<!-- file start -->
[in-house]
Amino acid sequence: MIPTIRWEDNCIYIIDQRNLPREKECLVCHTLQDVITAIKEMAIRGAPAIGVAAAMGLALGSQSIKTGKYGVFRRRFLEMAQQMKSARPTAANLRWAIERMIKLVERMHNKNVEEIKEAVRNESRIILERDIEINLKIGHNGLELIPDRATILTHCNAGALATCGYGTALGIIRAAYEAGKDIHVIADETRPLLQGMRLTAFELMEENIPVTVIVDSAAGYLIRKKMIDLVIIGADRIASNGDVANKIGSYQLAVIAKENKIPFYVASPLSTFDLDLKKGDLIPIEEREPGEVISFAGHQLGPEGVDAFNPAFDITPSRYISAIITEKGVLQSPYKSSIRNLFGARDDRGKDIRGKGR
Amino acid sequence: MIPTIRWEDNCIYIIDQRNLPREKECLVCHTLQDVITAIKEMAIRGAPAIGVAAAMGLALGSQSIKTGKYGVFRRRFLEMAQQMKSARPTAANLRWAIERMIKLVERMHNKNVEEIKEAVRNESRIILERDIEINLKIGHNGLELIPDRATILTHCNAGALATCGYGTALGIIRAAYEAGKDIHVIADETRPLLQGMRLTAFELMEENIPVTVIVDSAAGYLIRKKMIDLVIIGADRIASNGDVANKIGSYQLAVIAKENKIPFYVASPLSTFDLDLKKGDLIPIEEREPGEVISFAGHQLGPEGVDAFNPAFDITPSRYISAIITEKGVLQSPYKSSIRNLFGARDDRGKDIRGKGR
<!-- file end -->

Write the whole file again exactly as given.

[in-house]
Amino acid sequence: MIPTIRWEDNCIYIIDQRNLPREKECLVCHTLQDVITAIKEMAIRGAPAIGVAAAMGLALGSQSIKTGKYGVFRRRFLEMAQQMKSARPTAANLRWAIERMIKLVERMHNKNVEEIKEAVRNESRIILERDIEINLKIGHNGLELIPDRATILTHCNAGALATCGYGTALGIIRAAYEAGKDIHVIADETRPLLQGMRLTAFELMEENIPVTVIVDSAAGYLIRKKMIDLVIIGADRIASNGDVANKIGSYQLAVIAKENKIPFYVASPLSTFDLDLKKGDLIPIEEREPGEVISFAGHQLGPEGVDAFNPAFDITPSRYISAIITEKGVLQSPYKSSIRNLFGARDDRGKDIRGKGR
Amino acid sequence: MIPTIRWEDNCIYIIDQRNLPREKECLVCHTLQDVITAIKEMAIRGAPAIGVAAAMGLALGSQSIKTGKYGVFRRRFLEMAQQMKSARPTAANLRWAIERMIKLVERMHNKNVEEIKEAVRNESRIILERDIEINLKIGHNGLELIPDRATILTHCNAGALATCGYGTALGIIRAAYEAGKDIHVIADETRPLLQGMRLTAFELMEENIPVTVIVDSAAGYLIRKKMIDLVIIGADRIASNGDVANKIGSYQLAVIAKENKIPFYVASPLSTFDLDLKKGDLIPIEEREPGEVISFAGHQLGPEGVDAFNPAFDITPSRYISAIITEKGVLQSPYKSSIRNLFGARDDRGKDIRGKGR